Sure, you may think it’s funny to punch a castmate in the face and break their nose. Especially if they’ve been hogging the stage all night and stepping on your lines.

But not the audience. Oh no. From them it’s nothing but shocked gasps and indignant muttering and offers to testify on your castmate’s behalf at the assault trial.

But.

But!

Fall flat on your own face?

First a silence so deep descends upon the audience they can hear your teeth crack from the impact.

And then, a beat later, laughter.

Uproarious, gleeful laughter.

The more self-inflicted and gasp-inducing your injury, the more they lap it up.

And once they’ve supped on your personal misery, they discover too late they’ve developed a taste for it.

They want more.

They need more.

They. Must. Have. MORE.

More of your saucy, delectable pain.

So this past weekend I ended up flinging myself upon the hard, unyielding boards I was trodding in a desperate attempt to find a balance between killing myself (too much pain) and angering the audience (not enough).

Oh, how they laughed at my anguished wailing, how they chortled at my plaintive whimpers, how they guffawed at the gush of my hemoglobin all over the floor of the stage, hot and sticky and metallic.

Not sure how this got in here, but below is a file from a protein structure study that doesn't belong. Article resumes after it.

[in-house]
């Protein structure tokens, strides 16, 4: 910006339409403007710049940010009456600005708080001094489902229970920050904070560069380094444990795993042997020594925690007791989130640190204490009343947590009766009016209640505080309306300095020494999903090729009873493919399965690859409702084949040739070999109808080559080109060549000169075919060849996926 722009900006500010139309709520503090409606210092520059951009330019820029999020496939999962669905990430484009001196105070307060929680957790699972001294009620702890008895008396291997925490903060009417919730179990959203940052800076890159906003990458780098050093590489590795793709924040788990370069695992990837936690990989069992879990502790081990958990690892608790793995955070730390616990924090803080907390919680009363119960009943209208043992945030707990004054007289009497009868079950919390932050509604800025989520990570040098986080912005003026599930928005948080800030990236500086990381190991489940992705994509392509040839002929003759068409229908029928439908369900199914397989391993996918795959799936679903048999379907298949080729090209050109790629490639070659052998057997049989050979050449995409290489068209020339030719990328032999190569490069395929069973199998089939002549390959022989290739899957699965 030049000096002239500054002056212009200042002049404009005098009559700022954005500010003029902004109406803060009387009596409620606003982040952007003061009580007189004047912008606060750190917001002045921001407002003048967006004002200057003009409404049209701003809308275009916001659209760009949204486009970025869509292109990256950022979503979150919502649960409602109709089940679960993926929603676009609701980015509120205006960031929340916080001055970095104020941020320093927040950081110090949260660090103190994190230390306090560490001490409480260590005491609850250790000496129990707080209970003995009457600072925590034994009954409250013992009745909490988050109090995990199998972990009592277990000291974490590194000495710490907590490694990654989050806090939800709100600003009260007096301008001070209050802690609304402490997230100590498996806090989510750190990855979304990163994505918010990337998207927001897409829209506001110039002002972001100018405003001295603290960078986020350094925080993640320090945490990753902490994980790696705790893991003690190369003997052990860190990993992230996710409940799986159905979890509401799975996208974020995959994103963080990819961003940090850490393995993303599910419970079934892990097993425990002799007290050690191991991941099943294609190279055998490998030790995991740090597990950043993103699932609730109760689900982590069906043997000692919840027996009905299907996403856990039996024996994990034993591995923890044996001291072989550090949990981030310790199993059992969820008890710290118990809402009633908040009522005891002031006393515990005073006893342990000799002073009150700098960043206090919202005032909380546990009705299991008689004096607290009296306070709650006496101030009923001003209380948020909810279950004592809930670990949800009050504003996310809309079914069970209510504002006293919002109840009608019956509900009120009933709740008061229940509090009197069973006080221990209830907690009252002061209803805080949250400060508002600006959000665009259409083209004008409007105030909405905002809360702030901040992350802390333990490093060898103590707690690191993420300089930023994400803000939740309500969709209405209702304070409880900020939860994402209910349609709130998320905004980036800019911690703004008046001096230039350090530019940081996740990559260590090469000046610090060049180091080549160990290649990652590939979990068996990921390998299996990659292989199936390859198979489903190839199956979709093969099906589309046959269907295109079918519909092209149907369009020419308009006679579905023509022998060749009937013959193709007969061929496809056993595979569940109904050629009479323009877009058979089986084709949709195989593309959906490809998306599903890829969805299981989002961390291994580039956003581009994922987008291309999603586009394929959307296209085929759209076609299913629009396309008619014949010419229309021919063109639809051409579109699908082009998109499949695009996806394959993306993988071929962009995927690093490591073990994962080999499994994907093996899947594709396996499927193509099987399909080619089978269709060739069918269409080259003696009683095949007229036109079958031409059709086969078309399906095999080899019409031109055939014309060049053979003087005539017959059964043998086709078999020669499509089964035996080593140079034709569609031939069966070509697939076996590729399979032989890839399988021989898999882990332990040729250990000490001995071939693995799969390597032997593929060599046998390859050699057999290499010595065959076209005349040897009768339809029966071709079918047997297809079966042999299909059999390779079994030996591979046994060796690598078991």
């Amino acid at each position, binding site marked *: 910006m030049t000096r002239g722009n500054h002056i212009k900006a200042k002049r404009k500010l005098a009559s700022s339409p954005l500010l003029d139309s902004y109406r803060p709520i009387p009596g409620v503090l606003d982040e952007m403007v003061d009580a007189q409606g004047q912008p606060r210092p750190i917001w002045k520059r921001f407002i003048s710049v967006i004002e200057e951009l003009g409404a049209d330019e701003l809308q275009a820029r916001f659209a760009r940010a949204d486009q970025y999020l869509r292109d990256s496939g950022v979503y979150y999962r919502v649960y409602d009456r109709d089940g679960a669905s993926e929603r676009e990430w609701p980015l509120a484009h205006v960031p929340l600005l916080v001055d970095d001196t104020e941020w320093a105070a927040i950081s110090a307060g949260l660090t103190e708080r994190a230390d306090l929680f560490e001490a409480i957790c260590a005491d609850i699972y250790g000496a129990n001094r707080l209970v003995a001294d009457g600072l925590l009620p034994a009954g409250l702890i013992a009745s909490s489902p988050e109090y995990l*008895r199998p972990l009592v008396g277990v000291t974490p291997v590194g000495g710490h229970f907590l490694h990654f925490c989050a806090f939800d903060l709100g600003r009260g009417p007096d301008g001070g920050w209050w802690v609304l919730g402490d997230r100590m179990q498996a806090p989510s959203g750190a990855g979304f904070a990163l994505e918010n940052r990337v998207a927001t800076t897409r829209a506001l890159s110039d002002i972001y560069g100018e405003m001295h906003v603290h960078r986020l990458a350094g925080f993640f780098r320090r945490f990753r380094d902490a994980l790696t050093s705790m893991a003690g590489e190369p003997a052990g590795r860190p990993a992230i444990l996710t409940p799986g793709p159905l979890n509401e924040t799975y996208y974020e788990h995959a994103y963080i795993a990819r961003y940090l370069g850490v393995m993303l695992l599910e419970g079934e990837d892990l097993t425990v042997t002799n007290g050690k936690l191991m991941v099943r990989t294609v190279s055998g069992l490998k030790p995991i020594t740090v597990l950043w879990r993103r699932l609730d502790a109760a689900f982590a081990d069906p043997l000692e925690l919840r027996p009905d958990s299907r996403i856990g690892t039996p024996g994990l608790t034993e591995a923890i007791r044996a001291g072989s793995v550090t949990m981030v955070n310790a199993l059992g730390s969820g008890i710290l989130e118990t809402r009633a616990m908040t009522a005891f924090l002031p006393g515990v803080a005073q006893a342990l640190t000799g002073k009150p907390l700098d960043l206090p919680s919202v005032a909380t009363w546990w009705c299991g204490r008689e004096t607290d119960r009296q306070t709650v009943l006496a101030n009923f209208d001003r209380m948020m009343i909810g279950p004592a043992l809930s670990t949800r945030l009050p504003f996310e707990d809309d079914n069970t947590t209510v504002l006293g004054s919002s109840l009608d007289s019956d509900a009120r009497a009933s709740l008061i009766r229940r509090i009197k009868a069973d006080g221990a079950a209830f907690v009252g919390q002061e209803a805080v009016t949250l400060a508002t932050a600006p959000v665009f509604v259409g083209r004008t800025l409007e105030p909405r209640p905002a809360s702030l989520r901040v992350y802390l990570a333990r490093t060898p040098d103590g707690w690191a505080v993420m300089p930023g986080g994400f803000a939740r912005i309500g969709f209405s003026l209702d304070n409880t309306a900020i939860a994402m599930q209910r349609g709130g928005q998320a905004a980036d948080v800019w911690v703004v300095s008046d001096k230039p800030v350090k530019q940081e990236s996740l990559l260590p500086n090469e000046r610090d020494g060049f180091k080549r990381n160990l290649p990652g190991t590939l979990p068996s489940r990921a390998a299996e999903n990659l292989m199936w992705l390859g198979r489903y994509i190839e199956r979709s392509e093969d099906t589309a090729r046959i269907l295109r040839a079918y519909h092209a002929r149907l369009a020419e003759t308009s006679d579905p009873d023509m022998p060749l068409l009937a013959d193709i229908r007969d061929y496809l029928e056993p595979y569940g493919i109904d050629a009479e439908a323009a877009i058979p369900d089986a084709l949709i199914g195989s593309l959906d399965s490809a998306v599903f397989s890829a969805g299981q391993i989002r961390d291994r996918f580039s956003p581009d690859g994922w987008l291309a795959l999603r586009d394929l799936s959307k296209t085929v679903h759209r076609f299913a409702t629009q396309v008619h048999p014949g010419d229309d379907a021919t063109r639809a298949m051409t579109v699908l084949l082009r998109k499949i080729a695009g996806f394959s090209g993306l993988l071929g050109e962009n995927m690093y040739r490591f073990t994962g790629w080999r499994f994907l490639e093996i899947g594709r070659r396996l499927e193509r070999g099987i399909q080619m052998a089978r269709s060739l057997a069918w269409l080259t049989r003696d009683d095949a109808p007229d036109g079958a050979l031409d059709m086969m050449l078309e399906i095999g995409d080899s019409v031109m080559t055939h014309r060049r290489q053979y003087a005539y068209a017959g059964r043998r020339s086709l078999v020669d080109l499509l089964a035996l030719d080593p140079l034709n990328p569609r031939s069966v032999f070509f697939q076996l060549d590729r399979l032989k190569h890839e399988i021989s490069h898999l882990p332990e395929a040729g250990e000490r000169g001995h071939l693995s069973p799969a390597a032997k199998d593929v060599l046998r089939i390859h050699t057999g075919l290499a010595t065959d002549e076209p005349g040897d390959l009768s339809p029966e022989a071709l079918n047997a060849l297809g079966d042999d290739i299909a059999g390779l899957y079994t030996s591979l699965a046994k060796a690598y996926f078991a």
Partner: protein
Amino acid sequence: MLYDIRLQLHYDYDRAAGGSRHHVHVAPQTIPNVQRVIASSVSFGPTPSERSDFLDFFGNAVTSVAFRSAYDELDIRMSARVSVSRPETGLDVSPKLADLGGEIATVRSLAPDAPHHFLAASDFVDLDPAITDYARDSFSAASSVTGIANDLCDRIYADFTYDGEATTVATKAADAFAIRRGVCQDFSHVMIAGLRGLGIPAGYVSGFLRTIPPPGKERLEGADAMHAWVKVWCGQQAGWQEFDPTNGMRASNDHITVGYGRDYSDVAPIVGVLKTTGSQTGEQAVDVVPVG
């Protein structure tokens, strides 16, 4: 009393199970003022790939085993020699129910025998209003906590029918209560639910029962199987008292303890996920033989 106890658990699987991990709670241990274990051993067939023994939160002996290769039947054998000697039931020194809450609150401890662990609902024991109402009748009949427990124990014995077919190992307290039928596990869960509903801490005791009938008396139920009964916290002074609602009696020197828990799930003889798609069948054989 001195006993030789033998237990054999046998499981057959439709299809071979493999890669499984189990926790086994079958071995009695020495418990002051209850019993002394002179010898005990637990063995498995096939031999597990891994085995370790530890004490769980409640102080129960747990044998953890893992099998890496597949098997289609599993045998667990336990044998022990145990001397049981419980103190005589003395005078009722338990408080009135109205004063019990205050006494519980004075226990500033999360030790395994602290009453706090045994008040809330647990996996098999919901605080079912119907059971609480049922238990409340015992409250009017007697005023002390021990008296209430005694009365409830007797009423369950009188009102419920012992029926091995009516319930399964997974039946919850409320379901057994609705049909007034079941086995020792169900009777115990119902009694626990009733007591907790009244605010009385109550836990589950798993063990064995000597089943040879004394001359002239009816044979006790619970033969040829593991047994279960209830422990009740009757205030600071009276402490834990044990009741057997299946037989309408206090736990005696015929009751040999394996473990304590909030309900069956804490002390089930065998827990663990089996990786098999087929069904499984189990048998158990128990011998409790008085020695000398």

Which is why today, I don’t have the strength to lift my damp, still blood-stained costume out of the washing machine.

Or a garbage bag out from the cabinet under the sink.

Today I learned it’s a good idea to have, if not a medical degree, at least an Associate’s Degree in anatomy if you want to get into the dangerous, high-stakes life of improv comedy.

Or, if you have the knack for it, be funny.

Either way, I think I’m in over my head.

 
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Posted by on 26 August 2019 in Art!, Conspiracies Out To Get Me, improv, Life

 

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Oh No, My Kids Are Nerds!

All of my D&D dice are loaded